In partnership with the Lawyers for-Civil Justice (LCJ), this issue of the Defense Counsel Journal previews the changes to the Federal Rules of Civil Procedure effective December 1, 2015, which will greatly impact pretrial practice in federal courts (most notably, the scope of discovery, electronic discovery, and document preservation and spoliation sanctions).
Members of the LADC and LCJ were deeply involved in commenting on these proposed rule changes. Indeed, the LADC, LCJ, and sister defense organizations DRI--The Voice of the Defense Bar and the Federation of Defense and Corporate Counsel submitted a joint paper on the proposed rule revisions to the Judicial Conference Standing Committee on Rules of Practice and Procedure.
Thomas Allman provides an overview of the 2015 Civil Rules package transmitted to Congress, which sets the stage for a deeper dive into the amendments providing for proportionality in discovery and the implementation of a safe harbor for document preservation in articles authored by John Jablonski, Alexander Dahl, Martha Dawson, and Bree Kelly. Also included is an amicus brief prepared by LCJ for the In re Actos litigation, which further discusses the need for limits on electronic discovery and spoliation sanctions. Collectively, these articles constitute a primer on the new rules, and will serve as a valuable resource for counsel, clients, and the courts in navigating them.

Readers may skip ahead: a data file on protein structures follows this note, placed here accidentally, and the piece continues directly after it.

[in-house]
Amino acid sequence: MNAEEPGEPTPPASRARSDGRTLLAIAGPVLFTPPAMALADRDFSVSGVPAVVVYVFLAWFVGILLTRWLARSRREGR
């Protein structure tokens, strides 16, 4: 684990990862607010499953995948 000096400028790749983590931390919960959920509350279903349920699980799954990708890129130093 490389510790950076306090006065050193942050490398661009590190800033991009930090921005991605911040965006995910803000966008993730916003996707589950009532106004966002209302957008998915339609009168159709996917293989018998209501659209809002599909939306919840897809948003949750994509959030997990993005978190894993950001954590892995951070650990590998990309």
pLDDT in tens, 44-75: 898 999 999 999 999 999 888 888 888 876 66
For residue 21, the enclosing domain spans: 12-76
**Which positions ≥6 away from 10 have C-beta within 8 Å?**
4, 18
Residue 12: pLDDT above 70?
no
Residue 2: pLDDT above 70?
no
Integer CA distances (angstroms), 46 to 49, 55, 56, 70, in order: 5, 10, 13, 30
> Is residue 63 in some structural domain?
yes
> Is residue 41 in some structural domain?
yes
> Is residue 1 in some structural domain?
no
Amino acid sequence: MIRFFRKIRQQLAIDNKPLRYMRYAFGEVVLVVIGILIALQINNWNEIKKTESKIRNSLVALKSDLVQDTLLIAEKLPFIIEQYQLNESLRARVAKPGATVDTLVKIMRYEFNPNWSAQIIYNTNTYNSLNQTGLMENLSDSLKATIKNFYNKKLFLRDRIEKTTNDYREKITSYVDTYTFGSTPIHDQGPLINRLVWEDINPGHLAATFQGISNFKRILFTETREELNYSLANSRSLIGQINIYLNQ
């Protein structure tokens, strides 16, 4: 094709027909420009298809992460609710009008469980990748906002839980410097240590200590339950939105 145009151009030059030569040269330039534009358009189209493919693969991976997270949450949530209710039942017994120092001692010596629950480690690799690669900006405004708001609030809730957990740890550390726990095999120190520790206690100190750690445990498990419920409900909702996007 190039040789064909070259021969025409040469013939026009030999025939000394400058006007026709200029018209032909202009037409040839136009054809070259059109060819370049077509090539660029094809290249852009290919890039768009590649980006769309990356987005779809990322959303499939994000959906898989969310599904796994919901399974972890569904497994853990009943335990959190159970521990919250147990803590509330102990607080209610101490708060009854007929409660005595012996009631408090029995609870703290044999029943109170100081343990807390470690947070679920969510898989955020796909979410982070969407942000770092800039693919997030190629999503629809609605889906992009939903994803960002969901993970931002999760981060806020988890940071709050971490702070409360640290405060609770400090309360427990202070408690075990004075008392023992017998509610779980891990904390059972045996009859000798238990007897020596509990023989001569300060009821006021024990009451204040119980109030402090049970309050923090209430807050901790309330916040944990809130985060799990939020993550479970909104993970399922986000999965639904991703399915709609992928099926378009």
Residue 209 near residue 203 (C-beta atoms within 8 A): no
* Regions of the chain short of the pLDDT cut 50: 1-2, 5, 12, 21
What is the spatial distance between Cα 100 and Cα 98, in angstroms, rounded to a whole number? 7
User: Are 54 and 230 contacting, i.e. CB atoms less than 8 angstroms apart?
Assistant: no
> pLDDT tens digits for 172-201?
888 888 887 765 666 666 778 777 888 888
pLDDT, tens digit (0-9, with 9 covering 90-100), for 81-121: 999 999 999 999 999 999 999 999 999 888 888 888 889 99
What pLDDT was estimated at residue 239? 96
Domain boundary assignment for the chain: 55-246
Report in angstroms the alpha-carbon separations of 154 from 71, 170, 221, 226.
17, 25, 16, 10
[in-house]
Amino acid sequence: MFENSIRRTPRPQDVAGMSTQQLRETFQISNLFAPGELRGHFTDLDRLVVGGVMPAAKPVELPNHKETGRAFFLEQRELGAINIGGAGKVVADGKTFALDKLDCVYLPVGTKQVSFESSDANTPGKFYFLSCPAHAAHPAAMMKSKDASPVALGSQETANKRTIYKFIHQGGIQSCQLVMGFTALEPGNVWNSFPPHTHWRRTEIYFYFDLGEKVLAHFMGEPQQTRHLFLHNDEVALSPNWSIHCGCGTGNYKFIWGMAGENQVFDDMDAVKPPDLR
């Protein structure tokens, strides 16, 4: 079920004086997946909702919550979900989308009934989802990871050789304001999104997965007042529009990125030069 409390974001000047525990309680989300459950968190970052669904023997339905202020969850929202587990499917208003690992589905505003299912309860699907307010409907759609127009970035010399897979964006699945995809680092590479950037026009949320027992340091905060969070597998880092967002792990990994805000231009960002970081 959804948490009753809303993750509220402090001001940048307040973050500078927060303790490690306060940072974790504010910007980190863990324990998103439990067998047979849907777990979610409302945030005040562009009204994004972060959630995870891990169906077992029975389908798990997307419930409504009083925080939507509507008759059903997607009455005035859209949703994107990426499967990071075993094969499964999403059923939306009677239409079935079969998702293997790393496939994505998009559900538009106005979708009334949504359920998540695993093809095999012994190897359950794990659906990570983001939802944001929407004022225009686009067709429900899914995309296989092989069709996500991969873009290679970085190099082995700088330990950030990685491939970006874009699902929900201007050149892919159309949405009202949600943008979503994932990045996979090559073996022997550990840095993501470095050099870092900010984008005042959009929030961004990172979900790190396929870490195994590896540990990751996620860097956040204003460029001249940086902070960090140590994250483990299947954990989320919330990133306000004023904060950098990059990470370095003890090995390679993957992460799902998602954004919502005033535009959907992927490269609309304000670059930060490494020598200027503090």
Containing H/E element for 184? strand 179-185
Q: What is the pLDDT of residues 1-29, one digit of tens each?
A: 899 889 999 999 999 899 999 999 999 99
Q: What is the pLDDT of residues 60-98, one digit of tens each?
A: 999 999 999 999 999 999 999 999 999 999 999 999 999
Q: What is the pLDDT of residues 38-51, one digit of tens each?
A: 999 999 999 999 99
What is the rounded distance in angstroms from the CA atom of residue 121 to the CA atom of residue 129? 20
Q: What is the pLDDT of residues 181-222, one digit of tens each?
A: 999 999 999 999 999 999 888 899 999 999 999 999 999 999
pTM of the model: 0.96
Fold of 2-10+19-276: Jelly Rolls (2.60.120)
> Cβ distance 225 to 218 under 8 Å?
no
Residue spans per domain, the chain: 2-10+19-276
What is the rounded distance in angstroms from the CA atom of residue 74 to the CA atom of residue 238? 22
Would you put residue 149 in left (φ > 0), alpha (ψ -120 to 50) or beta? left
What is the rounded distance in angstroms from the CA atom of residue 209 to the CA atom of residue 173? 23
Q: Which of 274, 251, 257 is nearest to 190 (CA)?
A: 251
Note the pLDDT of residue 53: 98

This issue of the IADC's Defense Counsel Journal reflects the organization's rich history and its longstanding role in cutting edge work and collaborations on civil justice reform. Today, the IADC is an elite international organization of around 2,500 peer-reviewed in-house counsel, insurance executives, and outside counsel representing business entities across the world. In 1920, it began as a group of general counsels who sought to foster goodwill and cooperation among those who shared common interests and challenges. The general counsel members soon invited leading lawyers to join, and began to expand to an international membership, ultimately becoming known as the International Association of Defense Counsel in 1985. Along the way, the Association created the Defense Research Institute (DRI) to provide broad-based support and education for the defense bar, and later founded LCJ to address civil justice issues, including rapidly accelerating litigation costs and runaway jury verdicts and punitive damage awards.
The IADC is now a fully international organization with members in nearly every country, and remains at the cutting edge of legal reform efforts through its Civil Justice Response and Amicus Brief Committees, as well as its continued collaborations with sister organizations such as LCJ.
Editor, Defense Counsel Journal
Partner, Haynes and Boone LLP